When working with clients who are aiming to establish a centralized procurement model, I have seen hesitation in (or complete disregard for) establishing and enforcing company policies that support the new model. There seems to be an assumption that if Procurement is introduced into an organization, then it will be utilized, and utilized efficiently and effectively at that.
The gap between the goals for the Procurement department and actual utilization by stakeholders is due in part to the view of Procurement by many business units as a “three bid” department, meaning everything that is purchased needs to be bid to a minimum of three vendors. While this is a typical start for many Procurement departments to introduce the idea of competitive pricing, it is a very tactical approach to sourcing. By undergoing a transformation to become more strategic, Procurement is able to drive value through cost reduction, improved quality and service standards, strengthened supplier relationships, and better forecasting, just to name a few.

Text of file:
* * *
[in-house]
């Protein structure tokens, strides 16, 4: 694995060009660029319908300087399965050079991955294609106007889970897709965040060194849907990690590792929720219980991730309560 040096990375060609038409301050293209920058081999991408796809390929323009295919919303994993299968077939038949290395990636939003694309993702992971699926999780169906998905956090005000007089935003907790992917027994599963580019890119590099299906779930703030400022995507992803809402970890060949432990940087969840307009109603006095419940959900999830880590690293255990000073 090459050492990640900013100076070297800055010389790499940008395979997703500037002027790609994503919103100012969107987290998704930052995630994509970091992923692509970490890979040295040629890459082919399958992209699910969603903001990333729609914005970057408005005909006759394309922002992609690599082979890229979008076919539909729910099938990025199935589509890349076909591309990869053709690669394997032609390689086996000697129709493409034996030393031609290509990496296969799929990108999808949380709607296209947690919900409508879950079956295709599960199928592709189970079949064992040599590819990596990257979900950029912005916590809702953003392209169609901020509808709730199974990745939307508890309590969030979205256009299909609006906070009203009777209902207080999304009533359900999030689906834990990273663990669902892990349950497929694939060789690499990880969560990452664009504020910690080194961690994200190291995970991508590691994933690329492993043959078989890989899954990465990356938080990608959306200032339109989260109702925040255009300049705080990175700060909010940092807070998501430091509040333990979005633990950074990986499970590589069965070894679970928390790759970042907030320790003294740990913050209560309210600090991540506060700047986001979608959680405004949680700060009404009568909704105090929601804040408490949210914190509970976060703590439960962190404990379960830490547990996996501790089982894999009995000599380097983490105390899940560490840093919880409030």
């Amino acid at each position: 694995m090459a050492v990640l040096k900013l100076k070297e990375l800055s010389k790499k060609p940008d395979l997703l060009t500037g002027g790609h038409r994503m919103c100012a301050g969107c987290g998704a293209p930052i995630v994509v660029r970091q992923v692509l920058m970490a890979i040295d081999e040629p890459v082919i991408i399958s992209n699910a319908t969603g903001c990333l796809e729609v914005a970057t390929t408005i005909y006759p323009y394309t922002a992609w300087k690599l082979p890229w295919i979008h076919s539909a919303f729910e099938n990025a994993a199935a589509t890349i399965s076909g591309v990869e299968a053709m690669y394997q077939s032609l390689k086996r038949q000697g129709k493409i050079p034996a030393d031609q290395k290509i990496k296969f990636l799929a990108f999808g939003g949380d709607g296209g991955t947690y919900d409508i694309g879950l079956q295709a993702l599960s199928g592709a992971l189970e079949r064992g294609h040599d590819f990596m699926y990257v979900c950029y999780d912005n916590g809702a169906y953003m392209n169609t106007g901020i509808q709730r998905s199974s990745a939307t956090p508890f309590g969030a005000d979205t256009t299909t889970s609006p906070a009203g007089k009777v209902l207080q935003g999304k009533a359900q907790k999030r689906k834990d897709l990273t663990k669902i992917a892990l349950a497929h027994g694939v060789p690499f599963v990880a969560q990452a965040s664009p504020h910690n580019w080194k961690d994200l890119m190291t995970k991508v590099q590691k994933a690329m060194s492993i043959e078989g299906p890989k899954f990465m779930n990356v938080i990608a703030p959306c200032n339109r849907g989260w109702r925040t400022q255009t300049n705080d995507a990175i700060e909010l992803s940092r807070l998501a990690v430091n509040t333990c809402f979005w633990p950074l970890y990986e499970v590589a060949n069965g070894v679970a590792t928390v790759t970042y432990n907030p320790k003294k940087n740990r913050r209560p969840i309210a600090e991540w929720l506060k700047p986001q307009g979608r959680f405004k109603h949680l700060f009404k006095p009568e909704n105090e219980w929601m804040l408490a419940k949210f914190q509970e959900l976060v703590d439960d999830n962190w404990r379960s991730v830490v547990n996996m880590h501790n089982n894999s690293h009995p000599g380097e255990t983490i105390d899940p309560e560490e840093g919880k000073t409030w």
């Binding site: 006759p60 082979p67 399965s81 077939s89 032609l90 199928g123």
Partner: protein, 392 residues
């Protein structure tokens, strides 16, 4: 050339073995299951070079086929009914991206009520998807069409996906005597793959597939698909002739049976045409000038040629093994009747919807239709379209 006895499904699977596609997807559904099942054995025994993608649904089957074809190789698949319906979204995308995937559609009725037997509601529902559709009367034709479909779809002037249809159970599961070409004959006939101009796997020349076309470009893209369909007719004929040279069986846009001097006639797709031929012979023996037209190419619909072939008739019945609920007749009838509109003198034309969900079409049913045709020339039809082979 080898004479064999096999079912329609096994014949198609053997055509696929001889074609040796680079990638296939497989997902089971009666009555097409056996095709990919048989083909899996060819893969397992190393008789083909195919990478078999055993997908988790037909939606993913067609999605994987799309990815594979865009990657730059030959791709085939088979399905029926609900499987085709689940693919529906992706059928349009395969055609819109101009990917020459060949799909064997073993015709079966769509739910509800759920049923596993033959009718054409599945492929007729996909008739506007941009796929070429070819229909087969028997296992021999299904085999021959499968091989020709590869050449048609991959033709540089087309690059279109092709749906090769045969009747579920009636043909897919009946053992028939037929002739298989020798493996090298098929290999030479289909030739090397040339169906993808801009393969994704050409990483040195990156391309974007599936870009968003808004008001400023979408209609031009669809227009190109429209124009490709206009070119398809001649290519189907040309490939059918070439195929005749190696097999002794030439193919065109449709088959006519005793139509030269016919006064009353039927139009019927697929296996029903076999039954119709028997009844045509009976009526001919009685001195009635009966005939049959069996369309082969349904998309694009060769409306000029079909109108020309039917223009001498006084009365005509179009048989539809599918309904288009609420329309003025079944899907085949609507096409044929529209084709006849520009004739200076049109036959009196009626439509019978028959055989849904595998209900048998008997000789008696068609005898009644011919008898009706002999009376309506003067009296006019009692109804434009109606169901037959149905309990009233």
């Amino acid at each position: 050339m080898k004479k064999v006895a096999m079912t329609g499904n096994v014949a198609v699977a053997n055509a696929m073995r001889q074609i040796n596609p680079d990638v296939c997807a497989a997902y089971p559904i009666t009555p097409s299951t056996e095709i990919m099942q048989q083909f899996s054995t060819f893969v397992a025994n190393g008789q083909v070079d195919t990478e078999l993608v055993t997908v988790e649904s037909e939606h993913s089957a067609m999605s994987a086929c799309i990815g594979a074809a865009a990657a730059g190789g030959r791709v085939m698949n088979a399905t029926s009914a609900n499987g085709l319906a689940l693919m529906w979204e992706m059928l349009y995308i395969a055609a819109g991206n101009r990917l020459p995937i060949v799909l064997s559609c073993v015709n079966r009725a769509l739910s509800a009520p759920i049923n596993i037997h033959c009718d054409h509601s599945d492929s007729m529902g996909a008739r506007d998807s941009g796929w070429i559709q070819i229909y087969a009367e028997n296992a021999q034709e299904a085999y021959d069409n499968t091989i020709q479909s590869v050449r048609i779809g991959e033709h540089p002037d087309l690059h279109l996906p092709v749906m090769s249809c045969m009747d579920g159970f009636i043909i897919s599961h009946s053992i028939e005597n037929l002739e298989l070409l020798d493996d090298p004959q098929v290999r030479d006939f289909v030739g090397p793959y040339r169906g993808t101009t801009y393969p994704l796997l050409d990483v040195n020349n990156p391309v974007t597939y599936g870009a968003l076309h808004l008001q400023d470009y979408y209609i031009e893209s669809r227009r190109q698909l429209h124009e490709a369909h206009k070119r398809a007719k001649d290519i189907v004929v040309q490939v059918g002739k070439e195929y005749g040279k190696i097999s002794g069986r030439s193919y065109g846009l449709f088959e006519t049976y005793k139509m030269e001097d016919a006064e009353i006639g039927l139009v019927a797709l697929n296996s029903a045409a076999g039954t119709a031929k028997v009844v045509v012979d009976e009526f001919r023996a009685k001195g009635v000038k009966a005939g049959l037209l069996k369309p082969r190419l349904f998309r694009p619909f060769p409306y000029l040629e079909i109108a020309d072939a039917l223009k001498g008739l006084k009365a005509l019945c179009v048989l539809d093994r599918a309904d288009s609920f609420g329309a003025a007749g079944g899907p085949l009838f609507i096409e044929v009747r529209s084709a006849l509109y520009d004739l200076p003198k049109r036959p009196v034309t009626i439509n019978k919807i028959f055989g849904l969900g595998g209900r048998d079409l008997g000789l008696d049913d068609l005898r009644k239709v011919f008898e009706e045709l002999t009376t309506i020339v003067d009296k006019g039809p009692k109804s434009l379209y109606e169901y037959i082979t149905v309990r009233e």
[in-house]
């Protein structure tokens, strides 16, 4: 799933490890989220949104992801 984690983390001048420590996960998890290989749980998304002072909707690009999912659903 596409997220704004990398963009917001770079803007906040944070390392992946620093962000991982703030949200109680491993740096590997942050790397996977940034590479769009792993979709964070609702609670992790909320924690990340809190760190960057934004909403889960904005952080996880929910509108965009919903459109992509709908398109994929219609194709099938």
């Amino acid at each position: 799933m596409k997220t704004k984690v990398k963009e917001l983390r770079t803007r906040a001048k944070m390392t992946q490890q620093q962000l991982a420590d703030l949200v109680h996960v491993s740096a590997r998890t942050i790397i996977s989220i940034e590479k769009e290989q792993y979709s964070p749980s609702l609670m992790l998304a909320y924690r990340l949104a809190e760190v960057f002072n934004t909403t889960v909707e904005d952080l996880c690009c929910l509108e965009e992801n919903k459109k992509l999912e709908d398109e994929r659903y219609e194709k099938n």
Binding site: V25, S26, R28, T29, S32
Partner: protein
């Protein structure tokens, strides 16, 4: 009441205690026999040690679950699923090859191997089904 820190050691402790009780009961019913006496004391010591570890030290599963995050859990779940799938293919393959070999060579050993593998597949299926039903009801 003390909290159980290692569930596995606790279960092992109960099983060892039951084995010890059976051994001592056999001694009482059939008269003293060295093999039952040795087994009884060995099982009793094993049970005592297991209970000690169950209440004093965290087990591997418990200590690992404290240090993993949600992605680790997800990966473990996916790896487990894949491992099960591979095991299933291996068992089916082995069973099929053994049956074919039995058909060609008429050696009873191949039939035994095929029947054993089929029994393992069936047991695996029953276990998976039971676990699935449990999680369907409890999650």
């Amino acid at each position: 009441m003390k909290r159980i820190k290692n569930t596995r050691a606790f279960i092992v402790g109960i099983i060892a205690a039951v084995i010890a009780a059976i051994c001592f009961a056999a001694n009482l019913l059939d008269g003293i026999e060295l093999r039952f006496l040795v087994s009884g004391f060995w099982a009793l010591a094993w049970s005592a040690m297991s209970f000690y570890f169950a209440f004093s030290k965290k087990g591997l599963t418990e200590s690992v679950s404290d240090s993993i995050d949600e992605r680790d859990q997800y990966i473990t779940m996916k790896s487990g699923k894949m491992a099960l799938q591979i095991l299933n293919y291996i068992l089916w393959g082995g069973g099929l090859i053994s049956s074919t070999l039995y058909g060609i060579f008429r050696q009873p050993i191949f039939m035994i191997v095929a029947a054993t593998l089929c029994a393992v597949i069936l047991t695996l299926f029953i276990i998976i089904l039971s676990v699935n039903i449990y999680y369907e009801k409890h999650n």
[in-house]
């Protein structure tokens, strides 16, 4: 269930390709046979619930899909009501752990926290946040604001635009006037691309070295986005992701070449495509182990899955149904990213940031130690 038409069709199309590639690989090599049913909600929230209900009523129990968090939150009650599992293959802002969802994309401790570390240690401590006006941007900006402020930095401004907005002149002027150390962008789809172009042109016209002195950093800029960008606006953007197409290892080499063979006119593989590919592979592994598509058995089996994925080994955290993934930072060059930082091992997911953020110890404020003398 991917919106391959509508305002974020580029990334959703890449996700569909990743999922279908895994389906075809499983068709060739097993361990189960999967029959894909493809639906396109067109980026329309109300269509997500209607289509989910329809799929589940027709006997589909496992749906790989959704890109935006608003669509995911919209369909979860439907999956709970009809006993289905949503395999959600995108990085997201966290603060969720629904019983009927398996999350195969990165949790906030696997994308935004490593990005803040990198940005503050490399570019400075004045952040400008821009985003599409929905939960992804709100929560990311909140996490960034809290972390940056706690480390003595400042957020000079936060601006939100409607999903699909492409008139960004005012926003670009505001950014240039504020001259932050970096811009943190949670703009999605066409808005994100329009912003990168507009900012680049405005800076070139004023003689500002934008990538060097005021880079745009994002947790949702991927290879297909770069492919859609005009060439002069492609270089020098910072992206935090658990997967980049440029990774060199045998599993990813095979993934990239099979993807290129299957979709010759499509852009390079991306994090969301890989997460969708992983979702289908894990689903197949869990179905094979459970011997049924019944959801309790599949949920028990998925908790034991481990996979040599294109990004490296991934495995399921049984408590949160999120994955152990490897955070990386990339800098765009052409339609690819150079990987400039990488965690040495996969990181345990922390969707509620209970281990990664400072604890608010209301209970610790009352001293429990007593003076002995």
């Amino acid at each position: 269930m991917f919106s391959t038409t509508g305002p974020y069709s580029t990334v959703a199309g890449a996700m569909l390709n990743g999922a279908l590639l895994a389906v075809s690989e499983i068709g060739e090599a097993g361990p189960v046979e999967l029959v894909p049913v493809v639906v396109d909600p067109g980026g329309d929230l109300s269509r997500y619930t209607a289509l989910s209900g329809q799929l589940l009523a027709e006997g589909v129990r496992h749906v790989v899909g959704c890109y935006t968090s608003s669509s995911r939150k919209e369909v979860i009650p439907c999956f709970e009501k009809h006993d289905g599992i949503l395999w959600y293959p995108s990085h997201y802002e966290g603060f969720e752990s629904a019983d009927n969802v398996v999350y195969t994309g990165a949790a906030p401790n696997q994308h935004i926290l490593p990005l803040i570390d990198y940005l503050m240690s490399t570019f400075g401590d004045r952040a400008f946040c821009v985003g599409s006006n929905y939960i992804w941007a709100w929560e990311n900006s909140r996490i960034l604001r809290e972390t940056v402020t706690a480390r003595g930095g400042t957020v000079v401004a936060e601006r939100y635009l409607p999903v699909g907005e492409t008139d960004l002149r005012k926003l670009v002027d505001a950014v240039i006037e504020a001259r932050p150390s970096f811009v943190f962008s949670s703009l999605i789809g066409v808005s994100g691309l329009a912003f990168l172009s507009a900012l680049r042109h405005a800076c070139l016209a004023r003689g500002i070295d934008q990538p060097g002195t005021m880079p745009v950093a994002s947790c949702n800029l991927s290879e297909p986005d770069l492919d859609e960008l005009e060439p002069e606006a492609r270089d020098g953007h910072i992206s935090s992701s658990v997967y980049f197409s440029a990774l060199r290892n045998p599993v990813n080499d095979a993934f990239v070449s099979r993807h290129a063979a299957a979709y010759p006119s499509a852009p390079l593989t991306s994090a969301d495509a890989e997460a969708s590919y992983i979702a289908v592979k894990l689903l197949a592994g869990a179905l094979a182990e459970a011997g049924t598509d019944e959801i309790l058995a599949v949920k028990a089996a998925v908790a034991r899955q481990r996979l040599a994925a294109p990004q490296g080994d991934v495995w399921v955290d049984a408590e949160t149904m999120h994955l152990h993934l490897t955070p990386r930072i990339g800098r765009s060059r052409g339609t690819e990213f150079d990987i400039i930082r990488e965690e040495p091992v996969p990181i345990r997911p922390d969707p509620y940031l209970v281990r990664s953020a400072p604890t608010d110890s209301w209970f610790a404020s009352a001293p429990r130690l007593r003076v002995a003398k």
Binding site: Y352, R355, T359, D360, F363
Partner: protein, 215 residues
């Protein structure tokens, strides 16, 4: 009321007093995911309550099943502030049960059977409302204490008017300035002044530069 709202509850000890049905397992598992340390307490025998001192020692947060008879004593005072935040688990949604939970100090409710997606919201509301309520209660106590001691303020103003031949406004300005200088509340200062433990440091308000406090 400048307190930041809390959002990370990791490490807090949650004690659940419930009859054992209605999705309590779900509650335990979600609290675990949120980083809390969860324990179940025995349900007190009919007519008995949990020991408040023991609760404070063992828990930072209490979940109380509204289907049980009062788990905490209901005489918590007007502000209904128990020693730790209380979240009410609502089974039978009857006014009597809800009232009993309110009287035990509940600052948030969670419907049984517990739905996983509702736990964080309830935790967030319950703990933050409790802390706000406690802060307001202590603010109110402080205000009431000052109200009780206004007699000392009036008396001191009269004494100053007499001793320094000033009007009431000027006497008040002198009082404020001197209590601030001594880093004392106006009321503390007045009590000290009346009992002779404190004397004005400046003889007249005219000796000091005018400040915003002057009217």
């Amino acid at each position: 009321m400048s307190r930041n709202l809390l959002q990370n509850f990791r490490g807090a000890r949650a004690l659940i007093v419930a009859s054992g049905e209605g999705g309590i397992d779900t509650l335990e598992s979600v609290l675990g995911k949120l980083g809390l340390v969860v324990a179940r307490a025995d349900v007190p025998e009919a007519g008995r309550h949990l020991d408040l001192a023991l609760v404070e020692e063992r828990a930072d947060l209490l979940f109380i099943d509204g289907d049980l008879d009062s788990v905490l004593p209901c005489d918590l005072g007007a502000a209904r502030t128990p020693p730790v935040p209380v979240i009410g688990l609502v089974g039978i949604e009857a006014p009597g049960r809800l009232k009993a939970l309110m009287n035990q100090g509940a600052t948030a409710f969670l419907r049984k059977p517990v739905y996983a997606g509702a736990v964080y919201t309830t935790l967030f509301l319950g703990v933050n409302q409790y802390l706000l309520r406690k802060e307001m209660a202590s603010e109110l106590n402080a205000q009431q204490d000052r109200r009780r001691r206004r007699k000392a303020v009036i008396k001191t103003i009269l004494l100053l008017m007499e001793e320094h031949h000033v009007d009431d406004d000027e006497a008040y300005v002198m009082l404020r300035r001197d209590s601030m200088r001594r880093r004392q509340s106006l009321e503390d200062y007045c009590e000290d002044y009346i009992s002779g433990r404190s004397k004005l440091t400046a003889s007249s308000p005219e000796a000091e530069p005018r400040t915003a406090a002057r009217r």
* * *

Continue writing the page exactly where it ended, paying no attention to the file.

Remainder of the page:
In order to realize and sustain that value, there typically needs to be a catalyst for use of Procurement in the organization. An often overlooked step is to actually build Procurement’s authority through company policy. Policy sometimes seems like a “dirty word” when companies are accustomed to taking a carrot vs. stick approach, but leadership can tend to lean too heavily on the idea that Procurement will be generating value and assuming that stakeholders will be jumping at the opportunity to drive down costs or manage their supply base better. In an ideal world, it would be great to set up a Procurement practice and have all levels of the company recognize the potential, but that simply is not the case for most (dare I say all) companies. It is very tough for Procurement to gain footing and oversight in an organization that sees the Procurement process as a suggestion or even an impediment to getting the necessary products/services, rather than something that stakeholders and management view as a required part of the organization. I can’t tell you the number of times that I, either working internally in past Procurement roles or working as a consultant with other sourcing departments, have seen Procurement have to justify to stakeholders the value that the sourcing process can bring or negotiating with department leaders to get advance notice of projects in the pipeline that will have a sourcing component. While Procurement still spends time doing the internal sales pitch even with established company policies, it does give the Procurement function an advantage to, at a minimum, communicate that Procurement’s involvement is company policy and that policy exists because of the value that comes from utilizing the established processes and best practices.